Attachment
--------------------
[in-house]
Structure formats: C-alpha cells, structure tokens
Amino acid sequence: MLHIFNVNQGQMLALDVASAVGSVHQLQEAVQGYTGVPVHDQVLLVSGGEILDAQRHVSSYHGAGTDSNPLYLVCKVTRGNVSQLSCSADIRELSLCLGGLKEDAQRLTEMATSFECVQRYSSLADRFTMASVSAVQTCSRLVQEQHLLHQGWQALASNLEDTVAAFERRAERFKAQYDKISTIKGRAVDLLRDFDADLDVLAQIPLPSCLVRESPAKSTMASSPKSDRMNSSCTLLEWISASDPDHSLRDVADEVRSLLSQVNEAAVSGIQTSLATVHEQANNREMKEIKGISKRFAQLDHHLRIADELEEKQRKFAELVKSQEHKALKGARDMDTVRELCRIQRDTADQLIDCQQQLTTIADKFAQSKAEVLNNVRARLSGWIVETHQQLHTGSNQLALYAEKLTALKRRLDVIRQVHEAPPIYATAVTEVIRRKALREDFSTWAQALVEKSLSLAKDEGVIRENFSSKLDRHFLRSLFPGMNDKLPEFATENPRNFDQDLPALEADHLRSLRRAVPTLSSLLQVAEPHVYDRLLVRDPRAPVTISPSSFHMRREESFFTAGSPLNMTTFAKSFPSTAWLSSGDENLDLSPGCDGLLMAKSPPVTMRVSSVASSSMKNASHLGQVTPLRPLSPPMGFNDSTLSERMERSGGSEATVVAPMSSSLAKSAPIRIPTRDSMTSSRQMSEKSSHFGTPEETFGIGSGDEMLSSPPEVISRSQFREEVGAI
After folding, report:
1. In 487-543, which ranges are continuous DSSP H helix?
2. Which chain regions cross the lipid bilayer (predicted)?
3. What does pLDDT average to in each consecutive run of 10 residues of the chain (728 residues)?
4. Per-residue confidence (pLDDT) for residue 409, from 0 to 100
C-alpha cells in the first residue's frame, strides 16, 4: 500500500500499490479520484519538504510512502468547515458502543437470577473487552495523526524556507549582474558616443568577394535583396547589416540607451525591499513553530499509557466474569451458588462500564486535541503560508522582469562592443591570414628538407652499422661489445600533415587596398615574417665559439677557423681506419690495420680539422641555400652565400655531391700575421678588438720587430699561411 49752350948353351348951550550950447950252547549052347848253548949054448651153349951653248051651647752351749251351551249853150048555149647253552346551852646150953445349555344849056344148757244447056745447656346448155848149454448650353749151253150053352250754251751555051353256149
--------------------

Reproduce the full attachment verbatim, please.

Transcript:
[in-house]
Structure formats: C-alpha cells, structure tokens
Amino acid sequence: MLHIFNVNQGQMLALDVASAVGSVHQLQEAVQGYTGVPVHDQVLLVSGGEILDAQRHVSSYHGAGTDSNPLYLVCKVTRGNVSQLSCSADIRELSLCLGGLKEDAQRLTEMATSFECVQRYSSLADRFTMASVSAVQTCSRLVQEQHLLHQGWQALASNLEDTVAAFERRAERFKAQYDKISTIKGRAVDLLRDFDADLDVLAQIPLPSCLVRESPAKSTMASSPKSDRMNSSCTLLEWISASDPDHSLRDVADEVRSLLSQVNEAAVSGIQTSLATVHEQANNREMKEIKGISKRFAQLDHHLRIADELEEKQRKFAELVKSQEHKALKGARDMDTVRELCRIQRDTADQLIDCQQQLTTIADKFAQSKAEVLNNVRARLSGWIVETHQQLHTGSNQLALYAEKLTALKRRLDVIRQVHEAPPIYATAVTEVIRRKALREDFSTWAQALVEKSLSLAKDEGVIRENFSSKLDRHFLRSLFPGMNDKLPEFATENPRNFDQDLPALEADHLRSLRRAVPTLSSLLQVAEPHVYDRLLVRDPRAPVTISPSSFHMRREESFFTAGSPLNMTTFAKSFPSTAWLSSGDENLDLSPGCDGLLMAKSPPVTMRVSSVASSSMKNASHLGQVTPLRPLSPPMGFNDSTLSERMERSGGSEATVVAPMSSSLAKSAPIRIPTRDSMTSSRQMSEKSSHFGTPEETFGIGSGDEMLSSPPEVISRSQFREEVGAI
After folding, report:
1. In 487-543, which ranges are continuous DSSP H helix?
2. Which chain regions cross the lipid bilayer (predicted)?
3. What does pLDDT average to in each consecutive run of 10 residues of the chain (728 residues)?
4. Per-residue confidence (pLDDT) for residue 409, from 0 to 100
C-alpha cells in the first residue's frame, strides 16, 4: 500500500500499490479520484519538504510512502468547515458502543437470577473487552495523526524556507549582474558616443568577394535583396547589416540607451525591499513553530499509557466474569451458588462500564486535541503560508522582469562592443591570414628538407652499422661489445600533415587596398615574417665559439677557423681506419690495420680539422641555400652565400655531391700575421678588438720587430699561411 49752350948353351348951550550950447950252547549052347848253548949054448651153349951653248051651647752351749251351551249853150048555149647253552346551852646150953445349555344849056344148757244447056745447656346448155848149454448650353749151253150053352250754251751555051353256149